“We felt that with the relaunch of the Hang Ten brand about a year ago, that denim would complement the junior line and the men’s line,” Sheill said. “With the denim trend so big right now, we thought this was the right time.”
The jeans wholesale between $12 and $19. Sheill said she plans to do the bulk of her business with stores on the West Coast.
“We are expecting to place the collection in a large number of specialty chains as well as some department stores,” she explained. “The brand, with its California lifestyle, is not for all department stores.”
A national advertising campaign is now under way in the March issues of YM, Alloy, Spin and Seventeen magazines, showcasing both the denim line and full sportswear collection.
Hang Ten was first launched in 1960. It gained strength in the Seventies and became known as a junior tops brand in the Eighties. In the Nineties, Hang Ten was only licensed apparel. Last year, Knight Apparel Group, which also runs the Bug Girl and Palmettos junior labels, relaunched the Hang Ten brand with a junior sportswear and young men’s collection of clothing. There are more than 110 manufacturers licensed to produce and distribute Hang Ten products in 72 countries. Hang Ten also operates about 400 freestanding stores around the world. Total revenue of all Hang Ten products around the world amounts to $710 million.

Bloomingdale’s Fights the Blues
The people at Bloomingdale’s know that finding the perfect fit of jeans can be a daunting task for the denim devotee. So this weekend, they’re holding “Denim Days” at the Manhattan flagship on East 59th Street.
The retailer will move its entire denim assortment — about 50 styles — into an area on the second floor it refers to as the “T zone,” with 17 dressing rooms. According to a spokeswoman, representatives of all its key denim lines, including Seven, Earl Jean, Marc Jacobs, Paper, Denim & Cloth, Guess and Polo Jeans Co., will be on hand to help shoppers find their desired fits. The Third Avenue windows also will feature denim looks.
There also will be blue cocktails and raffles for blue-related events, like tickets to the Blue Man Group and dinner at the Blue Water Grill.
Kal Ruttenstein, senior vice president of fashion direction, said it’s part of an effort to use a hot category to burn away memories of last fall’s retail blues.
“Our contemporary business, where our jeans bar is, is going way ahead of plan. It’s the best business at the moment at Bloomingdale’s,” he said. “We want to keep it going. We’re doing everything we can to make our business better because things slowed down a little bit last year.”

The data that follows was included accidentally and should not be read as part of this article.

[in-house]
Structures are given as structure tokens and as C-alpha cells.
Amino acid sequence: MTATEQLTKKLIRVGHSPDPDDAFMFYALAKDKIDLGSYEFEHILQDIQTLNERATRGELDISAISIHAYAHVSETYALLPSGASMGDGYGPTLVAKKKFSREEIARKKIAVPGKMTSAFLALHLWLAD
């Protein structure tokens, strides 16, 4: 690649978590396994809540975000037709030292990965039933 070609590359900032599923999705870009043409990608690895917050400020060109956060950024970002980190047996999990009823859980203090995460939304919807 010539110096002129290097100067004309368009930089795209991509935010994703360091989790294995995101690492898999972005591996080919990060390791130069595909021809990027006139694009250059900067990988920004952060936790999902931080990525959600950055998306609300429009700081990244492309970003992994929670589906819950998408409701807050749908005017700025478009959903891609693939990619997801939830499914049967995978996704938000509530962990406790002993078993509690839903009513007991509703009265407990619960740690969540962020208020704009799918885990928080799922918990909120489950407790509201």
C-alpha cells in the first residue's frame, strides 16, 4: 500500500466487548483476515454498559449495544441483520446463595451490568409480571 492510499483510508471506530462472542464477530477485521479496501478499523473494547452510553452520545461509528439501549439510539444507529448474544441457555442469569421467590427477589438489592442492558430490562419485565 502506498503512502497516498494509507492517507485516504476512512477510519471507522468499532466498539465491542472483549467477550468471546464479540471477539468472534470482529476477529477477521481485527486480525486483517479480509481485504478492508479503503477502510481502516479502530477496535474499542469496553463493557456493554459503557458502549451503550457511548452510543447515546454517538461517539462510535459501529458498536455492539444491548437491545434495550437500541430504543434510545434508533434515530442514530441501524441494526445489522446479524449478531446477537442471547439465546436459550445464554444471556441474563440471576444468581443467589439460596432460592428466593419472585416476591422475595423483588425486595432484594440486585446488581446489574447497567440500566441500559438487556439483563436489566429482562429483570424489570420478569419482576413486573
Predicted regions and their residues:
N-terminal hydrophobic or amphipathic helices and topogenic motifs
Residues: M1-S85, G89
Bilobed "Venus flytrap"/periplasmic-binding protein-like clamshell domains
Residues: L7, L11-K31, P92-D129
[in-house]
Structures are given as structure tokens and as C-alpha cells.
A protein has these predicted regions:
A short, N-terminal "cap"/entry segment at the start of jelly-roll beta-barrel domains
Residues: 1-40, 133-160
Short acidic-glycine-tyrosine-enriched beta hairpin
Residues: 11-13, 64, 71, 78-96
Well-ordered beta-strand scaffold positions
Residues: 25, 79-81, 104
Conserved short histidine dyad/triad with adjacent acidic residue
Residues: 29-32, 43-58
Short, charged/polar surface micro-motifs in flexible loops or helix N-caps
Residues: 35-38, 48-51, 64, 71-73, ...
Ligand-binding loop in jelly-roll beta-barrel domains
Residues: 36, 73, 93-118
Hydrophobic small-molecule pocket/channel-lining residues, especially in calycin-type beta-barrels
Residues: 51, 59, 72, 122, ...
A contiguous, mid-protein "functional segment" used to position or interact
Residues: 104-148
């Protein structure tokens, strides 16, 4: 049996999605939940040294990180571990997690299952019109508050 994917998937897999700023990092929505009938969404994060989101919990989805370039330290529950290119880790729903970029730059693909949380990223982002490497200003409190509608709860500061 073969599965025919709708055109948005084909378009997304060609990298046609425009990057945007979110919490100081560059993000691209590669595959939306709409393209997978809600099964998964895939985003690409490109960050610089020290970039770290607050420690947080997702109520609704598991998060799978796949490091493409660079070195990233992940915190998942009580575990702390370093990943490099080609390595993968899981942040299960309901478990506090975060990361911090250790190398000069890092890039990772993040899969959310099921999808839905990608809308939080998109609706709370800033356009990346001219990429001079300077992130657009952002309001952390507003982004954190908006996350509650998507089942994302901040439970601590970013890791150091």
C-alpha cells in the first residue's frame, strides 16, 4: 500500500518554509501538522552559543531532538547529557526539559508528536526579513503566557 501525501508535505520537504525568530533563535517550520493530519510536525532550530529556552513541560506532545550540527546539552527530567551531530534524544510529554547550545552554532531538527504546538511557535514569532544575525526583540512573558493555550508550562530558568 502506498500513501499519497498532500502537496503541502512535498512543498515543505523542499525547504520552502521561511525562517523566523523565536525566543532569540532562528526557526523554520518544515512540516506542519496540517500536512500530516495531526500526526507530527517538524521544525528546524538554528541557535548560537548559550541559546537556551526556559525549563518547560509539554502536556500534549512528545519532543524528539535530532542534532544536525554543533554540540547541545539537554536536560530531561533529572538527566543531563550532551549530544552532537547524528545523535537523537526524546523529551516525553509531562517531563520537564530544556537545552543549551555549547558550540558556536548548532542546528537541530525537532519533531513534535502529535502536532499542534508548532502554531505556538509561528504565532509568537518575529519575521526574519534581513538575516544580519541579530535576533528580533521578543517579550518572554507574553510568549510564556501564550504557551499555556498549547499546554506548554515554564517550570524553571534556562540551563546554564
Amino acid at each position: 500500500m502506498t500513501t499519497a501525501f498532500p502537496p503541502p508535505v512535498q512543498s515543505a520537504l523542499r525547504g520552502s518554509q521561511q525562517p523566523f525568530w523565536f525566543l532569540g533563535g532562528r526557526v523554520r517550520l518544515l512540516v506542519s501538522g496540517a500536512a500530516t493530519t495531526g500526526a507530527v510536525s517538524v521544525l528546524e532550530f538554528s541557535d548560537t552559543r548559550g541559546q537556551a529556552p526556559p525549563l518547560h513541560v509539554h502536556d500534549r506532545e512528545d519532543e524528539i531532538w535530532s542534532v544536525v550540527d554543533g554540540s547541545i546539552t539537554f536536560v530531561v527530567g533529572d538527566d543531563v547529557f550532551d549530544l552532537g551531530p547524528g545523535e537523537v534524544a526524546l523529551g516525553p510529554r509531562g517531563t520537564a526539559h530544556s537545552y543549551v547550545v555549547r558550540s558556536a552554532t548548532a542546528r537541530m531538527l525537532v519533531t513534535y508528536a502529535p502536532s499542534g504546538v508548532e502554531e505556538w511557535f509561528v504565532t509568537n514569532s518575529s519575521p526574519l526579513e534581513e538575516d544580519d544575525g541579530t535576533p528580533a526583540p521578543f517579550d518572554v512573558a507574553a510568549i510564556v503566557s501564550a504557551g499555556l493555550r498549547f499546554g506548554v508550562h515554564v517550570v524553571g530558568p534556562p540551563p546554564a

Better Quarter for Tarrant
Tarrant Apparel Group’s losses narrowed substantially in the fourth quarter while increasing slightly for the year. The loss for the quarter ended Dec. 31 was $812,000, or 5 cents a share, compared with a $7.8 million loss, or 49 cents, in the year-ago period. Sales were down 12 percent to $71.6 million from $81.4 million.
The narrowing of the loss was helped by improvements in gross profit and a reduction in expenses. Gross profit for the quarter jumped to 17.3 percent of sales, or $12.4 million, compared with just 6.6 percent, or $5.4 million, last year. Selling, general and administrative expenses dropped 40.4 percent to $10.2 million, or 14.2 percent of net sales, compared with $17.1 million, or 21 percent, in last year’s quarter.
Gerard Guez, chairman, said in a statement that 2001 results were impacted by the tough macro-economic environment, the Sept. 11 terrorist attacks and by retailers’ more aggressive inventory management.
He projected that earnings for 2002 should improve as “retailers begin to bulk up their currently lean inventory levels. In the first quarter, we anticipate a loss per share to range between 6 cents and 8 cents. With our current order backlog, we are confident that the loss in the first quarter will be more than offset by the gains in the second quarter. For the year, we expect top line growth of between 5 and 10 percent and earnings per share to come in at 40 to 50 cents.”
For the year, Tarrant reported a net loss of $2.9 million, or 18 cents a share, versus a $2.5 million loss, or 16 cents, in 2000. Sales dropped 16.5 percent to $330.3 million from $395.2 million.